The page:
David S. Reynolds spends a great deal of time detailing Stowe’s personal history. What was her personal background and why did it matter in the context of the time? How was she influenced by...
David S. Reynolds spends a great deal of time detailing Stowe’s personal history. What was her personal background and why did it matter in the context of the time? How was she influenced by religion and the reform movements of the 19th century?
Reynolds concludes that Stowe's personal background fed into the social context in which Uncle Tom's Cabin was written.
Reynolds' work concludes that Stowe's personal background played a vital role in her composition of Uncle Tom's Cabin. Her life in Cincinnati enabled her to interact with people of color. Stowe learned of slavery's impact through hearing the narratives of those who experienced it. Reynolds points out that Stowe "loved spending time in the kitchen with servants like the African-American Zillah.” As Stowe interacted with people of color, it was evident that she learned of their experiences, narratives that found their way into the writing of her book.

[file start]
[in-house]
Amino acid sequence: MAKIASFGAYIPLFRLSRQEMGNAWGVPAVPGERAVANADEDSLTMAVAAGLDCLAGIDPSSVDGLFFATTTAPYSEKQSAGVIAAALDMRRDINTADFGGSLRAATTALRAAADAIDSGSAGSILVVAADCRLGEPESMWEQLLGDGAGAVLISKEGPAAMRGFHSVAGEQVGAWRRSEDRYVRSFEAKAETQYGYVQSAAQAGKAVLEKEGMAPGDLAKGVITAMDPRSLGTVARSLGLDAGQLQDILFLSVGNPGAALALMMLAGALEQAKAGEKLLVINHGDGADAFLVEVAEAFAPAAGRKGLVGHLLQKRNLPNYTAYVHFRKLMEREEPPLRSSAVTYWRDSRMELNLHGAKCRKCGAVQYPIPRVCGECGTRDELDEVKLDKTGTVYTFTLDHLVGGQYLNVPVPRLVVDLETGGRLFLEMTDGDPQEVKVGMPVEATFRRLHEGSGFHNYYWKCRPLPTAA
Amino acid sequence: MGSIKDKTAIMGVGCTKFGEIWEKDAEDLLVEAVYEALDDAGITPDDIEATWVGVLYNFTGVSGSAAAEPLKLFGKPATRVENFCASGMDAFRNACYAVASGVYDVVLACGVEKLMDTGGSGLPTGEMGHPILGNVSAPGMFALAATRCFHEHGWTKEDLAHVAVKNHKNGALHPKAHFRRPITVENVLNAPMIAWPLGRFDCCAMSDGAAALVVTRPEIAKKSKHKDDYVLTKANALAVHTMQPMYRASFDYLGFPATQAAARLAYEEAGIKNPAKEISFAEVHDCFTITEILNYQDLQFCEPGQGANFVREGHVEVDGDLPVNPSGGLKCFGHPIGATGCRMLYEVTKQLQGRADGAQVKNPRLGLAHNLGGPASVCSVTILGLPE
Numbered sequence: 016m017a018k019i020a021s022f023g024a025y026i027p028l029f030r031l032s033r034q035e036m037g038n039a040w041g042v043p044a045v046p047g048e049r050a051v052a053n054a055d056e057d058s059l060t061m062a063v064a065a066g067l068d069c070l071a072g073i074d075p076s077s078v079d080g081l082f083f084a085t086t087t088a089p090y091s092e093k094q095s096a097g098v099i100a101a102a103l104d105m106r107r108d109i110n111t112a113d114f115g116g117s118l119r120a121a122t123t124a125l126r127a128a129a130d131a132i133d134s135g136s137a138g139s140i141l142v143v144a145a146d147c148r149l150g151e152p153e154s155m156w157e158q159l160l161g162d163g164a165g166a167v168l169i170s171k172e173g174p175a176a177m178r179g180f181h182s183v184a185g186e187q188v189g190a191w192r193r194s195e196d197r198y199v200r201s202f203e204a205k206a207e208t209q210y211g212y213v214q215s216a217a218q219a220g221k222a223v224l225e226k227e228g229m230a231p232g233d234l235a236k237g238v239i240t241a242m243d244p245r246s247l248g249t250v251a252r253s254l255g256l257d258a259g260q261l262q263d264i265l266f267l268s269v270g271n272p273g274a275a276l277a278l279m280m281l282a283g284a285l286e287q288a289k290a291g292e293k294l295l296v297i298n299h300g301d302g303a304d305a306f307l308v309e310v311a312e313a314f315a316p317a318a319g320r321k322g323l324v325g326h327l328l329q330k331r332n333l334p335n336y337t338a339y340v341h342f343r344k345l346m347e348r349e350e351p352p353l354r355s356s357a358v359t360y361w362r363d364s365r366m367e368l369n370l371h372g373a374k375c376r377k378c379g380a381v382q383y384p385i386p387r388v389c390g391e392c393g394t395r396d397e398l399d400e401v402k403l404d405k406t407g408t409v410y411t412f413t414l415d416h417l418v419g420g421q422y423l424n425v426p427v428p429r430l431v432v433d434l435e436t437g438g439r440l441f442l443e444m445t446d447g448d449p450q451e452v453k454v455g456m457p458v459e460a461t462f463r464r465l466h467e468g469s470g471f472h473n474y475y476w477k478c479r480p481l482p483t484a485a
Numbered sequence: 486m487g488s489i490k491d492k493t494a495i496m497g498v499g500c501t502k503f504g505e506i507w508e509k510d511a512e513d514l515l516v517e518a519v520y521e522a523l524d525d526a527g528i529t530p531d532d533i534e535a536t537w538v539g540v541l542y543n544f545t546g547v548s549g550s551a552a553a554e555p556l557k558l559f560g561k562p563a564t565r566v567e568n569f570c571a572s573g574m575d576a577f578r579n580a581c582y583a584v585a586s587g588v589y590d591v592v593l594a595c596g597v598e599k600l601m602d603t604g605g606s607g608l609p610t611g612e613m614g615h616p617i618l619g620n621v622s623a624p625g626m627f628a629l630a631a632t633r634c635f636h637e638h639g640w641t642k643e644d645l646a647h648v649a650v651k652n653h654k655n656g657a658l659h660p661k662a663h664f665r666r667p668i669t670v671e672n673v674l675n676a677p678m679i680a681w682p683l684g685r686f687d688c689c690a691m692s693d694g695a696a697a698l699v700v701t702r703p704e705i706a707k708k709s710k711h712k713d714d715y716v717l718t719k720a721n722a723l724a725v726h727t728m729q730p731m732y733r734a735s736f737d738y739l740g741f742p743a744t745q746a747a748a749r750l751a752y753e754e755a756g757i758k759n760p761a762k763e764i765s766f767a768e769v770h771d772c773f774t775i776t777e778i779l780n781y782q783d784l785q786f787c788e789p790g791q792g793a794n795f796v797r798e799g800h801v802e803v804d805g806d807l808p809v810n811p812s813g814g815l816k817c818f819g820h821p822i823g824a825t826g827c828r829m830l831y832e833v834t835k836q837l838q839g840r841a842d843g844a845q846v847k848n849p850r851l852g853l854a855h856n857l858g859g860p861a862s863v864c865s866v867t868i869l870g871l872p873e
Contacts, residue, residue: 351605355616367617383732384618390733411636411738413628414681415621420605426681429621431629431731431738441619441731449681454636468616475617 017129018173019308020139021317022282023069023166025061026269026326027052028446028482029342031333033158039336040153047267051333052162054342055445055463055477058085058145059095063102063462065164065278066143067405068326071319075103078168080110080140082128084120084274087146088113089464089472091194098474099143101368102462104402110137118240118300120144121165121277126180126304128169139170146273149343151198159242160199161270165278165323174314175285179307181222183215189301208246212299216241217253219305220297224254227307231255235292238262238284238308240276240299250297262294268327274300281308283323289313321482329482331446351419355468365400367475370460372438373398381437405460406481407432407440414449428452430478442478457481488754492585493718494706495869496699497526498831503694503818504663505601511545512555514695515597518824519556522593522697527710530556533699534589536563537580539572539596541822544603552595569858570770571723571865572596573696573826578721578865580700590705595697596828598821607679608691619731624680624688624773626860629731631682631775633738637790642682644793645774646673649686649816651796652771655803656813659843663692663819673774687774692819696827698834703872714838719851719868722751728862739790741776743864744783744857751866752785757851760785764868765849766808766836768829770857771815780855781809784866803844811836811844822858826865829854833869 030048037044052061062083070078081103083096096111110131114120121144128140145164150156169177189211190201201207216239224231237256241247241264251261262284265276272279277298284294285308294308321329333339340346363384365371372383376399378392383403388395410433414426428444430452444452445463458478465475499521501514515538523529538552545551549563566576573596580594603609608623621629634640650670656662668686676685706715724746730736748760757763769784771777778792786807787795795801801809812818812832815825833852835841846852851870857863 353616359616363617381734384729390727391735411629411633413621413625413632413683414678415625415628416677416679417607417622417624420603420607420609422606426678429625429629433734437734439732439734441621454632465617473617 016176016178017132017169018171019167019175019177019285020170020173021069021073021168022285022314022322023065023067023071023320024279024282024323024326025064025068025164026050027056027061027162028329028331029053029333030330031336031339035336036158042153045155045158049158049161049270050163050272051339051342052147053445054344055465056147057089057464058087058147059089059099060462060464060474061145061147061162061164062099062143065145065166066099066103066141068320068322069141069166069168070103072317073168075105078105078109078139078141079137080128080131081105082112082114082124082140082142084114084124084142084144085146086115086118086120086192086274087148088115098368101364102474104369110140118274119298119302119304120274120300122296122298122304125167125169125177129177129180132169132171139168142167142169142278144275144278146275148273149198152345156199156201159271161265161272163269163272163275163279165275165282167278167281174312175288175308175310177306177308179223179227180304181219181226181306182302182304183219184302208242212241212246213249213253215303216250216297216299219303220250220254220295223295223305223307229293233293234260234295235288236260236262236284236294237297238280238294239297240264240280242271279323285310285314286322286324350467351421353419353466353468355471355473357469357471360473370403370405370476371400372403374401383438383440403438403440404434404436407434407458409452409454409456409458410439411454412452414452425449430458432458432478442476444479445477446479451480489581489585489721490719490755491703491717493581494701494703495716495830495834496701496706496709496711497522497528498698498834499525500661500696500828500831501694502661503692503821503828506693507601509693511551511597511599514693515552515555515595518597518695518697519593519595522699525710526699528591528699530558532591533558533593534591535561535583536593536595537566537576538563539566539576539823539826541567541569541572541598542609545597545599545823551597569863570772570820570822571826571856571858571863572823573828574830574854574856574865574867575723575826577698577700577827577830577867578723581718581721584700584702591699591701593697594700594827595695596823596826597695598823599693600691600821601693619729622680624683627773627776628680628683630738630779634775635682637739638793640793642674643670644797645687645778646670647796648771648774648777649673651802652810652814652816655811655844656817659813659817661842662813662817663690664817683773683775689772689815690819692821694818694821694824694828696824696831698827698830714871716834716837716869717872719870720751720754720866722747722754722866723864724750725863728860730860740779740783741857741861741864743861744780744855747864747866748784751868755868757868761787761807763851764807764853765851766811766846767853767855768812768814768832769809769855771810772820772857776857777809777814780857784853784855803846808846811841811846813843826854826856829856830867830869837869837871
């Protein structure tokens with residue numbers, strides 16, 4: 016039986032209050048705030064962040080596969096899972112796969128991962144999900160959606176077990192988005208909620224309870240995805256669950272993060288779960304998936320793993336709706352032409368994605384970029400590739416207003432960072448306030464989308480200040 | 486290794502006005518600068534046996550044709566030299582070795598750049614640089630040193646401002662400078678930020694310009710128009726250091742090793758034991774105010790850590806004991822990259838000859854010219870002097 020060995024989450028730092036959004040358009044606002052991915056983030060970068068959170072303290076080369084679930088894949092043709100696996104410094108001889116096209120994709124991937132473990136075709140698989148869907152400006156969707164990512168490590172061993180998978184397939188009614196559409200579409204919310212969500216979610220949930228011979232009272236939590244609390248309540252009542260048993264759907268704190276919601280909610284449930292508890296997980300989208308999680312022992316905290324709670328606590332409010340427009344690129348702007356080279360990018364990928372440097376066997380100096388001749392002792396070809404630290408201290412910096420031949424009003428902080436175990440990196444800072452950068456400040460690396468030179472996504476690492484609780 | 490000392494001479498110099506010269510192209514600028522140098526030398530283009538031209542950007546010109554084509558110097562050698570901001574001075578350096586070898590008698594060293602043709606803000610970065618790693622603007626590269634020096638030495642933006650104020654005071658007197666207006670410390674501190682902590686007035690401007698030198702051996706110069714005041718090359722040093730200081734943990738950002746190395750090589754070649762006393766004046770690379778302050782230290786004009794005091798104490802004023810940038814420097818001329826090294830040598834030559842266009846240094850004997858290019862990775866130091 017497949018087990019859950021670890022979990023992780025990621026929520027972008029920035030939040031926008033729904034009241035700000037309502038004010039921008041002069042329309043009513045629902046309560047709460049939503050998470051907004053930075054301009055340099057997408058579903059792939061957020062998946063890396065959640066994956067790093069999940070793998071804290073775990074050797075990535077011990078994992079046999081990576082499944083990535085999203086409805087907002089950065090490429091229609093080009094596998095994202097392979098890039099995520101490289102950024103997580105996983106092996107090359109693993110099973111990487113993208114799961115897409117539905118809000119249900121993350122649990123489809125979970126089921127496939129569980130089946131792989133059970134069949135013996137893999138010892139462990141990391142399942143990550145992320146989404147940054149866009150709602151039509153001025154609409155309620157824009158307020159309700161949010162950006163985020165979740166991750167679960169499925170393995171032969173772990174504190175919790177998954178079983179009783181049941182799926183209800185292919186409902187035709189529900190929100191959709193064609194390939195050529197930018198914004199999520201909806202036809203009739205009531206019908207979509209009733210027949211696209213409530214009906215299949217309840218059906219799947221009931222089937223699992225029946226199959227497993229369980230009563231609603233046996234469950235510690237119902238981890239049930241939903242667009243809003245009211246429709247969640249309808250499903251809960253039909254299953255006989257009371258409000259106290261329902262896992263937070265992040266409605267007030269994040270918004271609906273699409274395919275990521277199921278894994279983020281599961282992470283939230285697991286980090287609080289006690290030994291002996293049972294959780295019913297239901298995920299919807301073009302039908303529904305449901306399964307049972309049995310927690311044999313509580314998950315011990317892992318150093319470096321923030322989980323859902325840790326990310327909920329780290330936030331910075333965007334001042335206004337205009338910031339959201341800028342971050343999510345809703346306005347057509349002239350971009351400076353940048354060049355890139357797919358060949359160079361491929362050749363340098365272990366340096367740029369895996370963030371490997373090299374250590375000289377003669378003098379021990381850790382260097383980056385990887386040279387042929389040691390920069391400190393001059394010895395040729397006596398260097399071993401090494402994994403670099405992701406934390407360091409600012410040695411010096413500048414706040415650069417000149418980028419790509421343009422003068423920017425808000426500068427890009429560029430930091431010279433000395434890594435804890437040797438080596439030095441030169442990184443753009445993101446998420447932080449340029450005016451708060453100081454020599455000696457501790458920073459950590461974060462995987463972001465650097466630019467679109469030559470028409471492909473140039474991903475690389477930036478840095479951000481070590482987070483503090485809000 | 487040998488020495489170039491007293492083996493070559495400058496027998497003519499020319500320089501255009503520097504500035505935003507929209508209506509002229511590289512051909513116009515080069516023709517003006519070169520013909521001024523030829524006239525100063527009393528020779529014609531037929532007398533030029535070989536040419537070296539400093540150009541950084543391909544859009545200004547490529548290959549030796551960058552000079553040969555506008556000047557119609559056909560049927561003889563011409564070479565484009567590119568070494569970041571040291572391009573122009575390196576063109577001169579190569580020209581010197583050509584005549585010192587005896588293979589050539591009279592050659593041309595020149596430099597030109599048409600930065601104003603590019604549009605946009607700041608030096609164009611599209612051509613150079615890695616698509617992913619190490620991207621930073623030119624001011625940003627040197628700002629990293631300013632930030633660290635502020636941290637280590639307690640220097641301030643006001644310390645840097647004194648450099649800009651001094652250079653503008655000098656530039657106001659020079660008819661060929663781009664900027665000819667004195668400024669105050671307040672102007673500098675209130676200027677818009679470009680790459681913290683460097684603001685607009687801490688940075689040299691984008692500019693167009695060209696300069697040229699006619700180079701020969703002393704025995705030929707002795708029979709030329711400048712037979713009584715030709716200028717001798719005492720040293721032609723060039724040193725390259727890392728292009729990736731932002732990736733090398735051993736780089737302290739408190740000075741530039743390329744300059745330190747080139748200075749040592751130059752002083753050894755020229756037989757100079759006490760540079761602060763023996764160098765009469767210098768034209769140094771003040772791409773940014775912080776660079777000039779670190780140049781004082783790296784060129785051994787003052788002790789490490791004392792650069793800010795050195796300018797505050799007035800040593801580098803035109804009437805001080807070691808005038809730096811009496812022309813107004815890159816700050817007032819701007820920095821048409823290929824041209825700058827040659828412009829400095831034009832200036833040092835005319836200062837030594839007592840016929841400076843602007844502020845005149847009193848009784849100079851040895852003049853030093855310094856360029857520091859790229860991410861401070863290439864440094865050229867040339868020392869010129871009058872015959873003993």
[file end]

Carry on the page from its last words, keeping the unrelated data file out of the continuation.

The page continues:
Stowe was also a product of her time. Reynolds suggests that Stowe was keenly aware of the emerging debate regarding slavery in pre–Civil War America. As Stowe moved to Maine, she was paying attention to Congressional actions in 1850 that focused on issues such as fugitives, popular sovereignty, and the future of the slavery in America. Her position on the issue was evident when she wrote to a magazine editor that “the time is come when even a woman or a child who can speak a word for freedom and humanity is bound to speak.” Stowe's passionate defense of freedom is a result of her own religious upbringing as well as her embrace of the contexts in which she lived. She did not shy away from abolition and its defense of human rights, but hugged it tightly as she wrote Uncle Tom's Cabin.